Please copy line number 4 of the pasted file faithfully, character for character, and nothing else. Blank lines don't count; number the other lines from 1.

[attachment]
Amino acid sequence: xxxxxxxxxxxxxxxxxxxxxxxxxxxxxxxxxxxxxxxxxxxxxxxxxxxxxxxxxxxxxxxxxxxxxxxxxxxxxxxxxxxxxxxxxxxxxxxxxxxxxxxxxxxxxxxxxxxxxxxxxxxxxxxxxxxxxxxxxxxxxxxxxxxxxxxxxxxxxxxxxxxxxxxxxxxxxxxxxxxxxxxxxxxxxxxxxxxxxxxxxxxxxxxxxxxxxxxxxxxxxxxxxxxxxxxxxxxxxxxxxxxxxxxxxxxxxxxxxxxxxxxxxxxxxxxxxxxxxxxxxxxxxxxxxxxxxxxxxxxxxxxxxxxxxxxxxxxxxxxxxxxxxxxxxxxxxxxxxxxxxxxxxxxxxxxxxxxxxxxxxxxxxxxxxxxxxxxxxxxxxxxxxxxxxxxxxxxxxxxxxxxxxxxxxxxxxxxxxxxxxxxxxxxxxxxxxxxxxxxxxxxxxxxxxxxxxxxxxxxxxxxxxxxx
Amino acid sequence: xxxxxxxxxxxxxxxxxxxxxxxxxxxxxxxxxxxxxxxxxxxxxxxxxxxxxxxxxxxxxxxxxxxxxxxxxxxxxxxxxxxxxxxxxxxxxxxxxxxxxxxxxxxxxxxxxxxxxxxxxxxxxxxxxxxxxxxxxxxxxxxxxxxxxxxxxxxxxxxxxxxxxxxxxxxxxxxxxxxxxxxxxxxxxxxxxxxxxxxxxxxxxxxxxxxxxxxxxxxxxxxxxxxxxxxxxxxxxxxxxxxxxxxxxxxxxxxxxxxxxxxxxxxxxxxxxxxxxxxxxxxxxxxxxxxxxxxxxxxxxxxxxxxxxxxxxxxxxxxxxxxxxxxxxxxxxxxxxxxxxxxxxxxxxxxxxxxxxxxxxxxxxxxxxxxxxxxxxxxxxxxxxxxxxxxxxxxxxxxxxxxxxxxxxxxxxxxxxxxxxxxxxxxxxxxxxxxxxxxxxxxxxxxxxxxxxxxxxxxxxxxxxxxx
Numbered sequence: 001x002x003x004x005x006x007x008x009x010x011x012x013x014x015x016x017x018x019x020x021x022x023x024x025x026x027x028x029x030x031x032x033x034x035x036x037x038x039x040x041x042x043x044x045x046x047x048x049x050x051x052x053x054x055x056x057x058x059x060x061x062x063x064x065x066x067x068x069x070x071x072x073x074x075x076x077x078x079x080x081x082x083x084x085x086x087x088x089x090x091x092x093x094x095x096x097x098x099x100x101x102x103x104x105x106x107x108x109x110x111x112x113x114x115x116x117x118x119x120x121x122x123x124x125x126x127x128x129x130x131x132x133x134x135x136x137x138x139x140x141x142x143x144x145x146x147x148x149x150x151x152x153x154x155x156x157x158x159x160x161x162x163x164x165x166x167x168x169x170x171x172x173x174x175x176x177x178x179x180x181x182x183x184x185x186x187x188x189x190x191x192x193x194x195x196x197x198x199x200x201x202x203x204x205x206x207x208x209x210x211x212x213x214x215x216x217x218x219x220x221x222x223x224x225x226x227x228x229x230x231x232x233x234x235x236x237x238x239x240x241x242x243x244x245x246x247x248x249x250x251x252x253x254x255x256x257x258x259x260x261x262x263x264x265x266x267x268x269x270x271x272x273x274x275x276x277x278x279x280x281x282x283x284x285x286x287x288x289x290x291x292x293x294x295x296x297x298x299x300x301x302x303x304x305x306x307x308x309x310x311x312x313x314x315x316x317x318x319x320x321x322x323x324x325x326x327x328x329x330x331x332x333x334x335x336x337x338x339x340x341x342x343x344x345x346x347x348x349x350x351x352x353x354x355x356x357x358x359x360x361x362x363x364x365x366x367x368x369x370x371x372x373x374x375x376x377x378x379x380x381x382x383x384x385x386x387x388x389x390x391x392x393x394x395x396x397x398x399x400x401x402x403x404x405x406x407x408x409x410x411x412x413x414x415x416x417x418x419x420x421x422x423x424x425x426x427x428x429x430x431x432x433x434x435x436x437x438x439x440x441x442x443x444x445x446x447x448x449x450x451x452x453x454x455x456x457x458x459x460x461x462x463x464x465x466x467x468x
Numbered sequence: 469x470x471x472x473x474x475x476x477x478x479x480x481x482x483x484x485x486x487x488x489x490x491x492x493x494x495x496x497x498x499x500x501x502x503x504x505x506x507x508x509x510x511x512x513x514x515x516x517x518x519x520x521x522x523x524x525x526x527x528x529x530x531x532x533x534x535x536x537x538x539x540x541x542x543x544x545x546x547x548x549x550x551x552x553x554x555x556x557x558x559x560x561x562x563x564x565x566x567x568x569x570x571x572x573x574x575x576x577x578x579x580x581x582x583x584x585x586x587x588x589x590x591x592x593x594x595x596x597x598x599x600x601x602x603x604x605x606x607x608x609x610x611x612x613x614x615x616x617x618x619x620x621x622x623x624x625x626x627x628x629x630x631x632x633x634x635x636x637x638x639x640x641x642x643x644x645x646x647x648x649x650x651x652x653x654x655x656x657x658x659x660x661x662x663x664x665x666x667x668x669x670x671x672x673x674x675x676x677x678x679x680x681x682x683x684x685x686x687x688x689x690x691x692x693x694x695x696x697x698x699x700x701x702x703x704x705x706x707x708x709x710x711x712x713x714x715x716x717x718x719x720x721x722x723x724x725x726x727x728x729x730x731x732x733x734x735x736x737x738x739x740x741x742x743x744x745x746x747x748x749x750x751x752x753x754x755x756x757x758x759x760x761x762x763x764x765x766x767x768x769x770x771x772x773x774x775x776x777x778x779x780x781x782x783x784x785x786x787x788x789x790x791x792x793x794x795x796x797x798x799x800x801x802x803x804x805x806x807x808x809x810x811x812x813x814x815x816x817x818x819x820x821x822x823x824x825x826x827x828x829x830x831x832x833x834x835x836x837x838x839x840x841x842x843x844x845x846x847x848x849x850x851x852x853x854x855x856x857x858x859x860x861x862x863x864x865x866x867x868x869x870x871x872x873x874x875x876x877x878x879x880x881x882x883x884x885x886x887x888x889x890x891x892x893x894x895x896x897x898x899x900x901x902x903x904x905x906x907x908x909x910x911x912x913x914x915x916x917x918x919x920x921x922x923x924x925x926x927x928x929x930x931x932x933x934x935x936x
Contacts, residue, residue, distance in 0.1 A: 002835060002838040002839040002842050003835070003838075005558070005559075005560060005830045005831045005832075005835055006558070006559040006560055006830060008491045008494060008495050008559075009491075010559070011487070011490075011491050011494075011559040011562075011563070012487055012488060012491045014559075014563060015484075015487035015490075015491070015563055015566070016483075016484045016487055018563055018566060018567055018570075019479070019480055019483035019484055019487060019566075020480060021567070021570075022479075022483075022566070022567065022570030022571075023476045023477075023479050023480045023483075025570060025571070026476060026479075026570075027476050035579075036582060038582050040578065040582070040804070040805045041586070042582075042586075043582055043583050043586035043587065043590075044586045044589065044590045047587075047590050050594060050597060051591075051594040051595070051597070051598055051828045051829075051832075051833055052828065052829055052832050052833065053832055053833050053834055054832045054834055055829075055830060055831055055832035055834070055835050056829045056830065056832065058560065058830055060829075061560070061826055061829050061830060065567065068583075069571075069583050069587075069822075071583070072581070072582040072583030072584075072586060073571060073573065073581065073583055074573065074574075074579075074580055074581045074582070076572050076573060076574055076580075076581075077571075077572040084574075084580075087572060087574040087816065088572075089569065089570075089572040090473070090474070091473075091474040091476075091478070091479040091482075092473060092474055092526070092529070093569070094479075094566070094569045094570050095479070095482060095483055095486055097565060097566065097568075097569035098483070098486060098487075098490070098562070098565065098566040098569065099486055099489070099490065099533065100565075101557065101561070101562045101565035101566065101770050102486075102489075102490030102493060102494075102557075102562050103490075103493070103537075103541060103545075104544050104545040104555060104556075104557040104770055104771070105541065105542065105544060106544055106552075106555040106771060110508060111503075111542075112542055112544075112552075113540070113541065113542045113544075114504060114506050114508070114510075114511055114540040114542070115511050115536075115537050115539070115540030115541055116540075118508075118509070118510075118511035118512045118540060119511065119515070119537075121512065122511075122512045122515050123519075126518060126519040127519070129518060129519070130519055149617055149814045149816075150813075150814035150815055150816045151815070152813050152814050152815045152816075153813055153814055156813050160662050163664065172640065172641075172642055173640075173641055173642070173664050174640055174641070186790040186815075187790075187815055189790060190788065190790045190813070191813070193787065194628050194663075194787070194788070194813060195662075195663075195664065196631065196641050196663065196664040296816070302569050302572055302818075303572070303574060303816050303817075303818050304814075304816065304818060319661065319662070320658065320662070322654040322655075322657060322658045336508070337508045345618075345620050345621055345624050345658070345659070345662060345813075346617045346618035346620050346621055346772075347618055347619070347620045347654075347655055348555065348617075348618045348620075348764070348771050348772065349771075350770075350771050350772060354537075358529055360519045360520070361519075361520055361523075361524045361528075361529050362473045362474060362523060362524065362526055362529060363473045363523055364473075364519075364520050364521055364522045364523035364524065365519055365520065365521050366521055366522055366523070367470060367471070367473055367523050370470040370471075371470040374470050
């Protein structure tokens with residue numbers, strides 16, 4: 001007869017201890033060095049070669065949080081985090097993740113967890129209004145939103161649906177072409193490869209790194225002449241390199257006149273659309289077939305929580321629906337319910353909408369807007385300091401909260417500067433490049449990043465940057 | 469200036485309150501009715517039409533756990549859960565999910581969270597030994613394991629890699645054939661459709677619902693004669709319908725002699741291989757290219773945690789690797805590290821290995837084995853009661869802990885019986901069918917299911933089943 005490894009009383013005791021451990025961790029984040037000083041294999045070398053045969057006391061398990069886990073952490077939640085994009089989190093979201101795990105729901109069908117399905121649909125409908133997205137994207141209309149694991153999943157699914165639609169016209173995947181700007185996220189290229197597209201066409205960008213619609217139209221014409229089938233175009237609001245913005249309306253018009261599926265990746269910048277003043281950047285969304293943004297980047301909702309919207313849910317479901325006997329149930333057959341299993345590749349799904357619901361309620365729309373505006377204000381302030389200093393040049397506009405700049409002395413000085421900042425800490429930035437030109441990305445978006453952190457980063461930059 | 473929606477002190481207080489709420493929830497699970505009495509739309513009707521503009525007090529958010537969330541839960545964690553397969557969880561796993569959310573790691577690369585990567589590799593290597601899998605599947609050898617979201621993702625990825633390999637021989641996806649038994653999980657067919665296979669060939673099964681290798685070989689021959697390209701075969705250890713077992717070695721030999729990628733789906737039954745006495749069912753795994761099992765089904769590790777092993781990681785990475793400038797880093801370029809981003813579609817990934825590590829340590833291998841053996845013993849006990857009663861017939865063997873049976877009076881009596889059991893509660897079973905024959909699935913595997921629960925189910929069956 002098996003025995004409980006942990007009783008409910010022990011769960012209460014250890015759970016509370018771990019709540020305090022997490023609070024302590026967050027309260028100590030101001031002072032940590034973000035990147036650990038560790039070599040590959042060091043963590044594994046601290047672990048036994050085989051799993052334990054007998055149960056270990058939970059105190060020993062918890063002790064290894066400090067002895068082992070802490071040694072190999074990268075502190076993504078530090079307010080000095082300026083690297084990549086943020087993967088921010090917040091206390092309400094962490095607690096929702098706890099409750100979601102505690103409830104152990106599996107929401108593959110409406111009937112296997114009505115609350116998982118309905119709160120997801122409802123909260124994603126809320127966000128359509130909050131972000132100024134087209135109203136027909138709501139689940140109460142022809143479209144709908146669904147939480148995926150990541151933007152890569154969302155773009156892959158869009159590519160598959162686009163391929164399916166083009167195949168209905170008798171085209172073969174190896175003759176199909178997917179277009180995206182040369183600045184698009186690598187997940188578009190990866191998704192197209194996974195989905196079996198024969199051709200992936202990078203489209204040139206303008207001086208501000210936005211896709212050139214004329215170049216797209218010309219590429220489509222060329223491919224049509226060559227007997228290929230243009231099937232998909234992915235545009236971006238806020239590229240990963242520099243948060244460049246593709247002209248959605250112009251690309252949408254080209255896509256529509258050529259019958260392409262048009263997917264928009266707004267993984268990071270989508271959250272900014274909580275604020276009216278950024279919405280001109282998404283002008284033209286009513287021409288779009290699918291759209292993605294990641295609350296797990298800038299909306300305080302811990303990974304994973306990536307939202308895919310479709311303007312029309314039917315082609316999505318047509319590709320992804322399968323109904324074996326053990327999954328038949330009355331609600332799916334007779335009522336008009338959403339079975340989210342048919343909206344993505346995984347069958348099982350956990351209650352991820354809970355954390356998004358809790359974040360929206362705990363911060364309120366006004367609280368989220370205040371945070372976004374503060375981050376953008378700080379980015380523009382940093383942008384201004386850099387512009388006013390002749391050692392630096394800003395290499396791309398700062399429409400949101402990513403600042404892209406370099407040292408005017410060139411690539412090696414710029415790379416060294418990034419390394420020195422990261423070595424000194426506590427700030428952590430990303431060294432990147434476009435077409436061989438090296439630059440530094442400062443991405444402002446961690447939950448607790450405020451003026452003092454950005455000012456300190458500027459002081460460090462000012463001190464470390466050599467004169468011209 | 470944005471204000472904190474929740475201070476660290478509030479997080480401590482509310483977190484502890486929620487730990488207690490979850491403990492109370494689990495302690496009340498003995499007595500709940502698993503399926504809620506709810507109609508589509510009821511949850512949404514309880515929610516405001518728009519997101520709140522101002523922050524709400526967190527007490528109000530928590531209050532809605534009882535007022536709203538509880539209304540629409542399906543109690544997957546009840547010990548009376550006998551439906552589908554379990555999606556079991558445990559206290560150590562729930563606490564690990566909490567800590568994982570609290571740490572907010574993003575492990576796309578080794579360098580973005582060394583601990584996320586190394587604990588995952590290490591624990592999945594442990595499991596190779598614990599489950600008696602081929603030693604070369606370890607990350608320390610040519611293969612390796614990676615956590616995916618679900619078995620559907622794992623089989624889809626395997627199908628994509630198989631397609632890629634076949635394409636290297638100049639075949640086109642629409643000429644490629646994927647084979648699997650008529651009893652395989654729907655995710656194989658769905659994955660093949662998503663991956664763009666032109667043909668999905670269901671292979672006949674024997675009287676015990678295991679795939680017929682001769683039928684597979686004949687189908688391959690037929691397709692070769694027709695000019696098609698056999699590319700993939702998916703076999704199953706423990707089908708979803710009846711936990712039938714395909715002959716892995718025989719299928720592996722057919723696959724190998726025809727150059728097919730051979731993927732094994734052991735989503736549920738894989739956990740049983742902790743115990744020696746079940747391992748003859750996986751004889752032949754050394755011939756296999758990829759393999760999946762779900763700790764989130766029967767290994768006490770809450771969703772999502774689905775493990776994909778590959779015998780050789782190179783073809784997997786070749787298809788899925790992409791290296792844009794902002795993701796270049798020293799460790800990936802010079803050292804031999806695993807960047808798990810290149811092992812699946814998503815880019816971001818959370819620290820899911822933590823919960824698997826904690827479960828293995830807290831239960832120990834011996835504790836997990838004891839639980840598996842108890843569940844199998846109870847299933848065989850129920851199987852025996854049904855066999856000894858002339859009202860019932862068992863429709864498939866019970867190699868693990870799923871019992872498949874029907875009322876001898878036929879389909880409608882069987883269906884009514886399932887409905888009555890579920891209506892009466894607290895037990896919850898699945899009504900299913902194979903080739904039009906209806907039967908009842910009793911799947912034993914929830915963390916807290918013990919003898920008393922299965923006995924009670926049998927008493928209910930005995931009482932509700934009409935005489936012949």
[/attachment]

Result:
Numbered sequence: 469x470x471x472x473x474x475x476x477x478x479x480x481x482x483x484x485x486x487x488x489x490x491x492x493x494x495x496x497x498x499x500x501x502x503x504x505x506x507x508x509x510x511x512x513x514x515x516x517x518x519x520x521x522x523x524x525x526x527x528x529x530x531x532x533x534x535x536x537x538x539x540x541x542x543x544x545x546x547x548x549x550x551x552x553x554x555x556x557x558x559x560x561x562x563x564x565x566x567x568x569x570x571x572x573x574x575x576x577x578x579x580x581x582x583x584x585x586x587x588x589x590x591x592x593x594x595x596x597x598x599x600x601x602x603x604x605x606x607x608x609x610x611x612x613x614x615x616x617x618x619x620x621x622x623x624x625x626x627x628x629x630x631x632x633x634x635x636x637x638x639x640x641x642x643x644x645x646x647x648x649x650x651x652x653x654x655x656x657x658x659x660x661x662x663x664x665x666x667x668x669x670x671x672x673x674x675x676x677x678x679x680x681x682x683x684x685x686x687x688x689x690x691x692x693x694x695x696x697x698x699x700x701x702x703x704x705x706x707x708x709x710x711x712x713x714x715x716x717x718x719x720x721x722x723x724x725x726x727x728x729x730x731x732x733x734x735x736x737x738x739x740x741x742x743x744x745x746x747x748x749x750x751x752x753x754x755x756x757x758x759x760x761x762x763x764x765x766x767x768x769x770x771x772x773x774x775x776x777x778x779x780x781x782x783x784x785x786x787x788x789x790x791x792x793x794x795x796x797x798x799x800x801x802x803x804x805x806x807x808x809x810x811x812x813x814x815x816x817x818x819x820x821x822x823x824x825x826x827x828x829x830x831x832x833x834x835x836x837x838x839x840x841x842x843x844x845x846x847x848x849x850x851x852x853x854x855x856x857x858x859x860x861x862x863x864x865x866x867x868x869x870x871x872x873x874x875x876x877x878x879x880x881x882x883x884x885x886x887x888x889x890x891x892x893x894x895x896x897x898x899x900x901x902x903x904x905x906x907x908x909x910x911x912x913x914x915x916x917x918x919x920x921x922x923x924x925x926x927x928x929x930x931x932x933x934x935x936x